Q: What made Polish researchers take up Qur'anic studies?
MD:As you know, Poland has no imperial experiences, for this reason our Oriental Studies has no connection with Edward Said’s “Orientalism”. It is only the aim to recognize the “Other”, and in the past, also a “close Other”, because we had close relations with Ottomans. The presence and cultural activity of Polish Muslims is also an important factor for development of Islamic and Quranic studies in my country. Recently, of course our works are viewed through current events in the world. We try to explain to our readers what is Islam, what is Quran, we want to describe the achievements of Arabo-Islamic culture in the past, but also to show, that the Arab World has his own values and that the people who recently speak out “in the name of Islam” represent themselves only, not the whole Islamic world.
Q: I want to know how you find Qur'anic studies today.
MD: In our times the politics and media build the image of our world. For this reason the future of Arabic, Islamic and Quranic Studies in the West are very important to understand what goes around us. Our role as academics is to give a true, “objective” view of Islam and its Holy Book, because we find in the Islamic world few of people, who understand the Quranic words in their own manner, remote of the ideas transmitted by the God’s Word. We want to help our people to understand Islam and to help Muslims living outside the Islamic World, unless there are Muslims, who don’t make it easy for us. It is very important to us and to Muslims to understand, that the academic work is not the politics. In most cases we have no connections with the policy of our countries and we work on our own account. We try to be away from political issues – we work with texts and their historical and cultural contexts. The truth is our main goal, but we need also a sort of help from the Islamic side: we all are often condemned as “these Orientalists”, who help to destroy the Islamic World. Without doubt, there are some individuals of that kind, especially these, who are involved in politics, but first of all, the vast majority of us want to show the Arabic and Islamic civilization in its authentic shape. In contemporary world it is impossible without cooperation between Western and Islamic Scholars.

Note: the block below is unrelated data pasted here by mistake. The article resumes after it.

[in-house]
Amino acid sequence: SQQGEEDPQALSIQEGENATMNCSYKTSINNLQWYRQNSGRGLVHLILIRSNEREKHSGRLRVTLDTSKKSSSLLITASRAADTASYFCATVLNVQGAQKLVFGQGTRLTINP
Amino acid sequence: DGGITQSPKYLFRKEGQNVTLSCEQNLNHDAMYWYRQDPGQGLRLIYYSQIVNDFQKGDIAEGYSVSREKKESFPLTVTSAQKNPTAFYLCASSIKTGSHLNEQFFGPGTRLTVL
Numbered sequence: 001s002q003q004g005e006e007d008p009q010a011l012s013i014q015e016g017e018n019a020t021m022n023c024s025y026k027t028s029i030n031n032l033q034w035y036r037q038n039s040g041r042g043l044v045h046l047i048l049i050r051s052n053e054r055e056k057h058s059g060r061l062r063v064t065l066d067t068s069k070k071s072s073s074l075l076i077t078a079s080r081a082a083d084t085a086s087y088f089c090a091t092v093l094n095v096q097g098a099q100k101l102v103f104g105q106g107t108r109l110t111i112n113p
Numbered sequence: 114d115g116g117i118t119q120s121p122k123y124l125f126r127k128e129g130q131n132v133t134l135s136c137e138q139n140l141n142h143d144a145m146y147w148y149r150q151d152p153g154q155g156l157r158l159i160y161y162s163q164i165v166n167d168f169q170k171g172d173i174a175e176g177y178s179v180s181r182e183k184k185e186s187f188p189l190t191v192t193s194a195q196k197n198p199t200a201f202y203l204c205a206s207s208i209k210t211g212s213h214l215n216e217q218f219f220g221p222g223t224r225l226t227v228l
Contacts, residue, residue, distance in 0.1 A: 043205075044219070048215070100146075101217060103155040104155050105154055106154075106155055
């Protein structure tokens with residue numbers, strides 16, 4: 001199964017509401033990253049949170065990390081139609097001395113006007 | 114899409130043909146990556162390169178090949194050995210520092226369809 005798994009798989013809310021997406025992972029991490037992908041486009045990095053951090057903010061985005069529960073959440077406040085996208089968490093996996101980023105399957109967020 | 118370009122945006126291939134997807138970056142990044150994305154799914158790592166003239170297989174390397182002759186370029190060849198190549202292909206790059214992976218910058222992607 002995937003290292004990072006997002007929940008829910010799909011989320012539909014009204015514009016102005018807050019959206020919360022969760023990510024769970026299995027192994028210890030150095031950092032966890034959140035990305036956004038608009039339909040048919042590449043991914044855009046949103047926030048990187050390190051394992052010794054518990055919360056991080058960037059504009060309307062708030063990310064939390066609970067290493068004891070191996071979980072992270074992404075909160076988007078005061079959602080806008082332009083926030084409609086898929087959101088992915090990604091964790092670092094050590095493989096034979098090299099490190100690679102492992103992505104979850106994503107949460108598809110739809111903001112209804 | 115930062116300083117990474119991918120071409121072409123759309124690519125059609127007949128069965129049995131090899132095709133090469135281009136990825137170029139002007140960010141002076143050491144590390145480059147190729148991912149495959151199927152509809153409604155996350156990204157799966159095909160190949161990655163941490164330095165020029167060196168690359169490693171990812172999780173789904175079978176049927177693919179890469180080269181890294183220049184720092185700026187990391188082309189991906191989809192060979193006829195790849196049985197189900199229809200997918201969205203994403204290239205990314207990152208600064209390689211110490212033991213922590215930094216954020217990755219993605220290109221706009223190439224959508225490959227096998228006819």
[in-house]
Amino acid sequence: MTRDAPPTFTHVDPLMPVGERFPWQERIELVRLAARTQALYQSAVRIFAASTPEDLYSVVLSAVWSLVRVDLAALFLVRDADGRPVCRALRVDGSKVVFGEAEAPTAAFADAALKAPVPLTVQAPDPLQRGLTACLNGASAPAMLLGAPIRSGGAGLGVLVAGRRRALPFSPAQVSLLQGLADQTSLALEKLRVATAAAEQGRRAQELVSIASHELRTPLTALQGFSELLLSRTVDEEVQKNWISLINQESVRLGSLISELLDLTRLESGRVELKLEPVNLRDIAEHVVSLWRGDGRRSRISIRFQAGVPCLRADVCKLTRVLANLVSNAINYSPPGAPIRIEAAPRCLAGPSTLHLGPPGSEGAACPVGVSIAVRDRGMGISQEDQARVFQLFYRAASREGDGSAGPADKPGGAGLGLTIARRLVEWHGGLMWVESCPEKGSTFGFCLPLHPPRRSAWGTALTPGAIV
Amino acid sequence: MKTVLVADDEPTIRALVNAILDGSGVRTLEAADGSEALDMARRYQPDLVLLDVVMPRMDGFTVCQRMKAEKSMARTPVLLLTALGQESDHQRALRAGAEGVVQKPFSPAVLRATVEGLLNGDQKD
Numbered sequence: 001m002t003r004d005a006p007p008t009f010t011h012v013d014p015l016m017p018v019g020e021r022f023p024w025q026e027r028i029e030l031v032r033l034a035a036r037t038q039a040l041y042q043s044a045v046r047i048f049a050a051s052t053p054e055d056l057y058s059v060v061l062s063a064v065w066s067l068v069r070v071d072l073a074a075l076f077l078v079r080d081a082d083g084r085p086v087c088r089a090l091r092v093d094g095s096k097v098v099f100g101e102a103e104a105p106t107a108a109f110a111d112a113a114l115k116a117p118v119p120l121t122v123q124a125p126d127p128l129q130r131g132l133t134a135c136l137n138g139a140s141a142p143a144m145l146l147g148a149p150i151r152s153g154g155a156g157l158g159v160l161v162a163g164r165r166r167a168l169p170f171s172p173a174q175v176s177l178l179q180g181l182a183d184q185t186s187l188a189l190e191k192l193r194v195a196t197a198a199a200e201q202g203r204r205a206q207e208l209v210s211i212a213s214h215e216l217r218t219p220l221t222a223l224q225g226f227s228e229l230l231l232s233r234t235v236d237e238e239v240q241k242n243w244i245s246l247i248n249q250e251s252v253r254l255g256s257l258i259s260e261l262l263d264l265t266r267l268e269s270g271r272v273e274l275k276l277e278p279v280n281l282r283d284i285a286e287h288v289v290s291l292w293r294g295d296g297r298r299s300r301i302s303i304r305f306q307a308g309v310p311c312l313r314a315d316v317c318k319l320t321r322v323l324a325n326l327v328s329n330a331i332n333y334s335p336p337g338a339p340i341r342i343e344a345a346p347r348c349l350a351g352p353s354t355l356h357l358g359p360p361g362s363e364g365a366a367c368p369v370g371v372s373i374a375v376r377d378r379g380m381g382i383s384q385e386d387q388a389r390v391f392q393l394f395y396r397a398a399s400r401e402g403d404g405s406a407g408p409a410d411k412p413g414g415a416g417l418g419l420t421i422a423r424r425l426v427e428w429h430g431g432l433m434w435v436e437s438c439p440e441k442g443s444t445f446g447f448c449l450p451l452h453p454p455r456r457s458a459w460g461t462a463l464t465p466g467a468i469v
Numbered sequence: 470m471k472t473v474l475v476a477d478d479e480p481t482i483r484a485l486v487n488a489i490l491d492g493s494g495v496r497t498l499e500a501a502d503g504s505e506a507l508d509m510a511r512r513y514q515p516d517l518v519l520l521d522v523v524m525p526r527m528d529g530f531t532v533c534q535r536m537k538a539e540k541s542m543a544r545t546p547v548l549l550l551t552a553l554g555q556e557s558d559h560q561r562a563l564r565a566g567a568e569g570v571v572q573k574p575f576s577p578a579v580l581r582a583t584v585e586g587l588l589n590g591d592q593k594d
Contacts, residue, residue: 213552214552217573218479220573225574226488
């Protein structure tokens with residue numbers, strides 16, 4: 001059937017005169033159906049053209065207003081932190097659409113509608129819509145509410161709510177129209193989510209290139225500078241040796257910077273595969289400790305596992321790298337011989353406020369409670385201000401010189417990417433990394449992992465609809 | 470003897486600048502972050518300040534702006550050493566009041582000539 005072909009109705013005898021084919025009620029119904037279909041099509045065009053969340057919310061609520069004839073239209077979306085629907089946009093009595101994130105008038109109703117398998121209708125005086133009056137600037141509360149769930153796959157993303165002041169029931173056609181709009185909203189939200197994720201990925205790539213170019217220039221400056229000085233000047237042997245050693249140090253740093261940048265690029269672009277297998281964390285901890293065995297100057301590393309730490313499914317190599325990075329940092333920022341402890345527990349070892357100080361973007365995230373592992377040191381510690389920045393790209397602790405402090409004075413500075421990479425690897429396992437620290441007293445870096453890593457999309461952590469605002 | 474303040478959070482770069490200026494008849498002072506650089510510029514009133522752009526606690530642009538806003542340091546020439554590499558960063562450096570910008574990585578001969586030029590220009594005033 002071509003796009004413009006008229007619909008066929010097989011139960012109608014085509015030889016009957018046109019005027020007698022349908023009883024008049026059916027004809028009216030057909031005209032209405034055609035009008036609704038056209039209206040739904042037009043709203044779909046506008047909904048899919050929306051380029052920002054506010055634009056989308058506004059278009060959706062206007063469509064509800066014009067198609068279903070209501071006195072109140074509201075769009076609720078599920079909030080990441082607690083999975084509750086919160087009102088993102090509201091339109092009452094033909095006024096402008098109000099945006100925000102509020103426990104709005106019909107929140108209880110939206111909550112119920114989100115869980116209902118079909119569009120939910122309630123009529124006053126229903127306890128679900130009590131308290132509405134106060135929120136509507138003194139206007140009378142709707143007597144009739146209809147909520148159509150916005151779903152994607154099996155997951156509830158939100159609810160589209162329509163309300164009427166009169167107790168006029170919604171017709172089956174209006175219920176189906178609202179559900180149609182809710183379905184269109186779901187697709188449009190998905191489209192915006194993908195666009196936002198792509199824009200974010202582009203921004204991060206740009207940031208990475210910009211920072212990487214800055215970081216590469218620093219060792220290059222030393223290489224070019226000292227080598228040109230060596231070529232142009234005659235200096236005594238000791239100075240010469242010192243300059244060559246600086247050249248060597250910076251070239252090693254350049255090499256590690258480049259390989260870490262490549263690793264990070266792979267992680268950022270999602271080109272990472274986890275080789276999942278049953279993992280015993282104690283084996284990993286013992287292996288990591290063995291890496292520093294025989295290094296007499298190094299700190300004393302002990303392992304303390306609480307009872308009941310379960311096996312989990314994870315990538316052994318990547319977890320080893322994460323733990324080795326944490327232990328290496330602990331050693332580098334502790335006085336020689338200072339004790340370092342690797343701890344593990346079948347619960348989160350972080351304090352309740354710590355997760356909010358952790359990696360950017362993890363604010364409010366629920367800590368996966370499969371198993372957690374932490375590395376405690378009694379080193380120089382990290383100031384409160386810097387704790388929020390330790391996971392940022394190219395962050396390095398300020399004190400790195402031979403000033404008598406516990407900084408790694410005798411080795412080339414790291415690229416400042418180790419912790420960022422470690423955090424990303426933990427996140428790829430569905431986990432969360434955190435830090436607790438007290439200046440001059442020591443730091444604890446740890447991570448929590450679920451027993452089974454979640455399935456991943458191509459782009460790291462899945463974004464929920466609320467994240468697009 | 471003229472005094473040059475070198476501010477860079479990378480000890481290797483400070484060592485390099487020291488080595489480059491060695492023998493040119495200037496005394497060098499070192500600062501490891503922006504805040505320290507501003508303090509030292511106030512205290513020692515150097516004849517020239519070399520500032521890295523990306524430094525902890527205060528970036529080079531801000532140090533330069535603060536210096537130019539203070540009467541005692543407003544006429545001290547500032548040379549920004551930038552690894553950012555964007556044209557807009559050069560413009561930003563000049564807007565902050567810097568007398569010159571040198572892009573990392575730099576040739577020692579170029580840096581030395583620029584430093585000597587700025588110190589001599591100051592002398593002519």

Q: Well, you need a sort of help from the Islamic side, I wonder what kind of help you need badly.
MD: Of course, I don’t mean material help, but so to say, mental. It is associated with what I noted above: you should to explain to Muslims, that the European scholars in their researches in the firld of Arabic and Islamic studies are not the enemies of Islam, but on the contrary: we try do built a friendly picture of Islam and Arabic culture. This topics we treat as an important part of our life. It is also very important not to deal with the Oriental studies as a homogenous feature not restricted to Western Europe and America. In Poland, Czech Republic or in Slovakia there are also scholars who write important books and studies, who translate fundamental works of classical and contemporary Arabic literature – and this of course into Polish, Czech or Slovak language. The promotion of such information this is the help I mean.
Abdalrahman: Thank you very much, professor Marek Dziekan.
Please write: COMMENT in this box to verify that you are human